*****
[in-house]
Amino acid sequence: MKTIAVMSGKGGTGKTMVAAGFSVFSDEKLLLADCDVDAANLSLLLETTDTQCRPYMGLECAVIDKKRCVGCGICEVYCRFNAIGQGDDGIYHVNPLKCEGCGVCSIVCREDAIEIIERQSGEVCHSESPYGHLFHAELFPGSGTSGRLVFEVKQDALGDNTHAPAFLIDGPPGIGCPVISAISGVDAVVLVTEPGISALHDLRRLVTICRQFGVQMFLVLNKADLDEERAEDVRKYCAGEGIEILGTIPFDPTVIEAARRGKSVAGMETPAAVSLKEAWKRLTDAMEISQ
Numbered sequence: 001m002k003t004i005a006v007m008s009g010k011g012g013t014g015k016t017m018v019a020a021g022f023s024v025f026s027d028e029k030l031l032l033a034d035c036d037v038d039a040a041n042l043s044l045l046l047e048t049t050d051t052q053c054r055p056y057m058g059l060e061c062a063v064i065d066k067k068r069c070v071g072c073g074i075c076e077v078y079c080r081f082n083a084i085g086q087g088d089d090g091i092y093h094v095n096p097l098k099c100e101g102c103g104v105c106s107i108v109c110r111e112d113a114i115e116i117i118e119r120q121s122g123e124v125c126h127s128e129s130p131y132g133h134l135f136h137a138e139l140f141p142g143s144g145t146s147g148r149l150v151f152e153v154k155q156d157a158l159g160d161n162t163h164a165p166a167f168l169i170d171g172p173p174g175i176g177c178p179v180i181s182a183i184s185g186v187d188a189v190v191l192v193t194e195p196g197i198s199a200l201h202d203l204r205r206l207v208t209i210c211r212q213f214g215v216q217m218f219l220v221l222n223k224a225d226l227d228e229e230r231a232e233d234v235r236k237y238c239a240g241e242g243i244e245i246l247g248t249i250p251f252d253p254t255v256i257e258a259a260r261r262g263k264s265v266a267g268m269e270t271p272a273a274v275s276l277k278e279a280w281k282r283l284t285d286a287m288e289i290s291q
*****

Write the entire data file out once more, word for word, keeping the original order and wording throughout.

[in-house]
Amino acid sequence: MKTIAVMSGKGGTGKTMVAAGFSVFSDEKLLLADCDVDAANLSLLLETTDTQCRPYMGLECAVIDKKRCVGCGICEVYCRFNAIGQGDDGIYHVNPLKCEGCGVCSIVCREDAIEIIERQSGEVCHSESPYGHLFHAELFPGSGTSGRLVFEVKQDALGDNTHAPAFLIDGPPGIGCPVISAISGVDAVVLVTEPGISALHDLRRLVTICRQFGVQMFLVLNKADLDEERAEDVRKYCAGEGIEILGTIPFDPTVIEAARRGKSVAGMETPAAVSLKEAWKRLTDAMEISQ
Numbered sequence: 001m002k003t004i005a006v007m008s009g010k011g012g013t014g015k016t017m018v019a020a021g022f023s024v025f026s027d028e029k030l031l032l033a034d035c036d037v038d039a040a041n042l043s044l045l046l047e048t049t050d051t052q053c054r055p056y057m058g059l060e061c062a063v064i065d066k067k068r069c070v071g072c073g074i075c076e077v078y079c080r081f082n083a084i085g086q087g088d089d090g091i092y093h094v095n096p097l098k099c100e101g102c103g104v105c106s107i108v109c110r111e112d113a114i115e116i117i118e119r120q121s122g123e124v125c126h127s128e129s130p131y132g133h134l135f136h137a138e139l140f141p142g143s144g145t146s147g148r149l150v151f152e153v154k155q156d157a158l159g160d161n162t163h164a165p166a167f168l169i170d171g172p173p174g175i176g177c178p179v180i181s182a183i184s185g186v187d188a189v190v191l192v193t194e195p196g197i198s199a200l201h202d203l204r205r206l207v208t209i210c211r212q213f214g215v216q217m218f219l220v221l222n223k224a225d226l227d228e229e230r231a232e233d234v235r236k237y238c239a240g241e242g243i244e245i246l247g248t249i250p251f252d253p254t255v256i257e258a259a260r261r262g263k264s265v266a267g268m269e270t271p272a273a274v275s276l277k278e279a280w281k282r283l284t285d286a287m288e289i290s291q